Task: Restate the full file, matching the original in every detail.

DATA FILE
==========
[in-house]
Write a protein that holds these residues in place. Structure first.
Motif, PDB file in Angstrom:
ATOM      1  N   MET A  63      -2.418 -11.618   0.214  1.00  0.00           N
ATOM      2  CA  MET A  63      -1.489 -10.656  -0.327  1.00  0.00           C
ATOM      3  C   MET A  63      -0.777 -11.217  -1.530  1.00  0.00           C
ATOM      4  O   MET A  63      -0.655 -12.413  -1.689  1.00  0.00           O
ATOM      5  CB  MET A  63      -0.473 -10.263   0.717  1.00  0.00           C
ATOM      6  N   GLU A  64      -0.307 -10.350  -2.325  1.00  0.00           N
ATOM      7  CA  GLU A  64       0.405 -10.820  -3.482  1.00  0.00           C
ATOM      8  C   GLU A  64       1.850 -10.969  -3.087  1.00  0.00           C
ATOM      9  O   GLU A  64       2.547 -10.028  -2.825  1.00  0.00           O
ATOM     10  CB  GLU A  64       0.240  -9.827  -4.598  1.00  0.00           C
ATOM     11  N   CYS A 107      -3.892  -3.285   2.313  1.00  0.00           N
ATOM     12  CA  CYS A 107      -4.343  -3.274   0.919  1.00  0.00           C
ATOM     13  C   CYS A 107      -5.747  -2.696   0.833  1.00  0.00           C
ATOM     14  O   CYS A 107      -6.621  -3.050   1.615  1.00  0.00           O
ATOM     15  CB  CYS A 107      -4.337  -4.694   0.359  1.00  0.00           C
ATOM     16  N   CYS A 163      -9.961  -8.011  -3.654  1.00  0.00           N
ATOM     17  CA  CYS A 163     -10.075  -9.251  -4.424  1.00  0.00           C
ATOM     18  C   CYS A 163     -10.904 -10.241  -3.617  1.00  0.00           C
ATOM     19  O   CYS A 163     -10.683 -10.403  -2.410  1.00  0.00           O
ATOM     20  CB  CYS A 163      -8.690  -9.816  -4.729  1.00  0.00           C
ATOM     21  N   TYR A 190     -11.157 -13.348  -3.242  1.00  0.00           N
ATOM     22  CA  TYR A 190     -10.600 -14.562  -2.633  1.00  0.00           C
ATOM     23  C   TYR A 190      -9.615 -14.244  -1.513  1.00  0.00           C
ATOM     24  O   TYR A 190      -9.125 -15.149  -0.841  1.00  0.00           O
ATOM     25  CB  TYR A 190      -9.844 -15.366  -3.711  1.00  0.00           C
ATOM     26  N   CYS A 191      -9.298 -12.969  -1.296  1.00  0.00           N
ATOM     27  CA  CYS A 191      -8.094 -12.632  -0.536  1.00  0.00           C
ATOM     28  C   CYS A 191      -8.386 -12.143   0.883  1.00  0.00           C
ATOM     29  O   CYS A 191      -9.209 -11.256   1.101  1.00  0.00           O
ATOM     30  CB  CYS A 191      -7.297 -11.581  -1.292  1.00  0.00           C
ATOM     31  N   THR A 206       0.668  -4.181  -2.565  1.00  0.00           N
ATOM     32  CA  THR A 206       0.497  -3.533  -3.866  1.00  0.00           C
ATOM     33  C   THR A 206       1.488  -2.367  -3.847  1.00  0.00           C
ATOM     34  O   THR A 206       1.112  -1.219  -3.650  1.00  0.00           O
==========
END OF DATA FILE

[in-house]
Write a protein that holds these residues in place. Structure first.
Motif, PDB file in Angstrom:
ATOM      1  N   MET A  63      -2.418 -11.618   0.214  1.00  0.00           N
ATOM      2  CA  MET A  63      -1.489 -10.656  -0.327  1.00  0.00           C
ATOM      3  C   MET A  63      -0.777 -11.217  -1.530  1.00  0.00           C
ATOM      4  O   MET A  63      -0.655 -12.413  -1.689  1.00  0.00           O
ATOM      5  CB  MET A  63      -0.473 -10.263   0.717  1.00  0.00           C
ATOM      6  N   GLU A  64      -0.307 -10.350  -2.325  1.00  0.00           N
ATOM      7  CA  GLU A  64       0.405 -10.820  -3.482  1.00  0.00           C
ATOM      8  C   GLU A  64       1.850 -10.969  -3.087  1.00  0.00           C
ATOM      9  O   GLU A  64       2.547 -10.028  -2.825  1.00  0.00           O
ATOM     10  CB  GLU A  64       0.240  -9.827  -4.598  1.00  0.00           C
ATOM     11  N   CYS A 107      -3.892  -3.285   2.313  1.00  0.00           N
ATOM     12  CA  CYS A 107      -4.343  -3.274   0.919  1.00  0.00           C
ATOM     13  C   CYS A 107      -5.747  -2.696   0.833  1.00  0.00           C
ATOM     14  O   CYS A 107      -6.621  -3.050   1.615  1.00  0.00           O
ATOM     15  CB  CYS A 107      -4.337  -4.694   0.359  1.00  0.00           C
ATOM     16  N   CYS A 163      -9.961  -8.011  -3.654  1.00  0.00           N
ATOM     17  CA  CYS A 163     -10.075  -9.251  -4.424  1.00  0.00           C
ATOM     18  C   CYS A 163     -10.904 -10.241  -3.617  1.00  0.00           C
ATOM     19  O   CYS A 163     -10.683 -10.403  -2.410  1.00  0.00           O
ATOM     20  CB  CYS A 163      -8.690  -9.816  -4.729  1.00  0.00           C
ATOM     21  N   TYR A 190     -11.157 -13.348  -3.242  1.00  0.00           N
ATOM     22  CA  TYR A 190     -10.600 -14.562  -2.633  1.00  0.00           C
ATOM     23  C   TYR A 190      -9.615 -14.244  -1.513  1.00  0.00           C
ATOM     24  O   TYR A 190      -9.125 -15.149  -0.841  1.00  0.00           O
ATOM     25  CB  TYR A 190      -9.844 -15.366  -3.711  1.00  0.00           C
ATOM     26  N   CYS A 191      -9.298 -12.969  -1.296  1.00  0.00           N
ATOM     27  CA  CYS A 191      -8.094 -12.632  -0.536  1.00  0.00           C
ATOM     28  C   CYS A 191      -8.386 -12.143   0.883  1.00  0.00           C
ATOM     29  O   CYS A 191      -9.209 -11.256   1.101  1.00  0.00           O
ATOM     30  CB  CYS A 191      -7.297 -11.581  -1.292  1.00  0.00           C
ATOM     31  N   THR A 206       0.668  -4.181  -2.565  1.00  0.00           N
ATOM     32  CA  THR A 206       0.497  -3.533  -3.866  1.00  0.00           C
ATOM     33  C   THR A 206       1.488  -2.367  -3.847  1.00  0.00           C
ATOM     34  O   THR A 206       1.112  -1.219  -3.650  1.00  0.00           O